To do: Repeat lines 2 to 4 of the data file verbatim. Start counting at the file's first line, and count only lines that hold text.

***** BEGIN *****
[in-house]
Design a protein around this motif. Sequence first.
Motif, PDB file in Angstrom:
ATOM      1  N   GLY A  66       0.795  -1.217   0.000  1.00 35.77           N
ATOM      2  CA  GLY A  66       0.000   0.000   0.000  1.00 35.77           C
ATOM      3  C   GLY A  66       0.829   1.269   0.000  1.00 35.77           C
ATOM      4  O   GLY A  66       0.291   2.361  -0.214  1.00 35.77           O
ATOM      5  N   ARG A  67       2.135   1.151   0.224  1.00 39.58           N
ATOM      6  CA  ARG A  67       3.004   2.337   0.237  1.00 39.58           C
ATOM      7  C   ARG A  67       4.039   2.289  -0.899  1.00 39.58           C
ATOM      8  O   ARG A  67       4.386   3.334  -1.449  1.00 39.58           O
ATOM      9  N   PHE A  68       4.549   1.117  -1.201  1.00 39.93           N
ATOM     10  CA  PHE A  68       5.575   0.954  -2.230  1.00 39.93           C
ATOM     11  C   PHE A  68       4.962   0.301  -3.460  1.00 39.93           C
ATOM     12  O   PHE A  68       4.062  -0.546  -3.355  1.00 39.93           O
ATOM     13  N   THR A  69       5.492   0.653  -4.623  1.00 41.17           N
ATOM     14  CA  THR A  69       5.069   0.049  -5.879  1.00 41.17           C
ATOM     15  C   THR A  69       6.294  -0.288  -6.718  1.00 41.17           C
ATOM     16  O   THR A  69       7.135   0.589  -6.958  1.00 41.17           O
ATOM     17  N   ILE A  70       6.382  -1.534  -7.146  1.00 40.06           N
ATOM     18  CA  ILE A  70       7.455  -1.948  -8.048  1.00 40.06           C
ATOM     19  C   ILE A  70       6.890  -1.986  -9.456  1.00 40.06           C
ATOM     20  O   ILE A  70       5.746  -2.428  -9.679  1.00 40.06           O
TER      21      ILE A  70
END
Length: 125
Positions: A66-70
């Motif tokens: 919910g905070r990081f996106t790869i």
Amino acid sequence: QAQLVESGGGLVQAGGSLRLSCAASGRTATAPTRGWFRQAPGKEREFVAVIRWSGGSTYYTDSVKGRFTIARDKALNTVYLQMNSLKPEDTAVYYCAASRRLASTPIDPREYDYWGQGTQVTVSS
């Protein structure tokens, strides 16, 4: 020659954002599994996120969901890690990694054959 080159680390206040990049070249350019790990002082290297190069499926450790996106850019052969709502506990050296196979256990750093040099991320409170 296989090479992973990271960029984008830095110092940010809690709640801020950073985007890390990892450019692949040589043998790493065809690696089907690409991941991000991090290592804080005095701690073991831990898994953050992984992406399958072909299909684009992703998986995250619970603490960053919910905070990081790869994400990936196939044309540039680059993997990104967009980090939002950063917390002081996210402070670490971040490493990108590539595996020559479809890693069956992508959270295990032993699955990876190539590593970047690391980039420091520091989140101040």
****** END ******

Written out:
Design a protein around this motif. Sequence first.
Motif, PDB file in Angstrom:
ATOM      1  N   GLY A  66       0.795  -1.217   0.000  1.00 35.77           N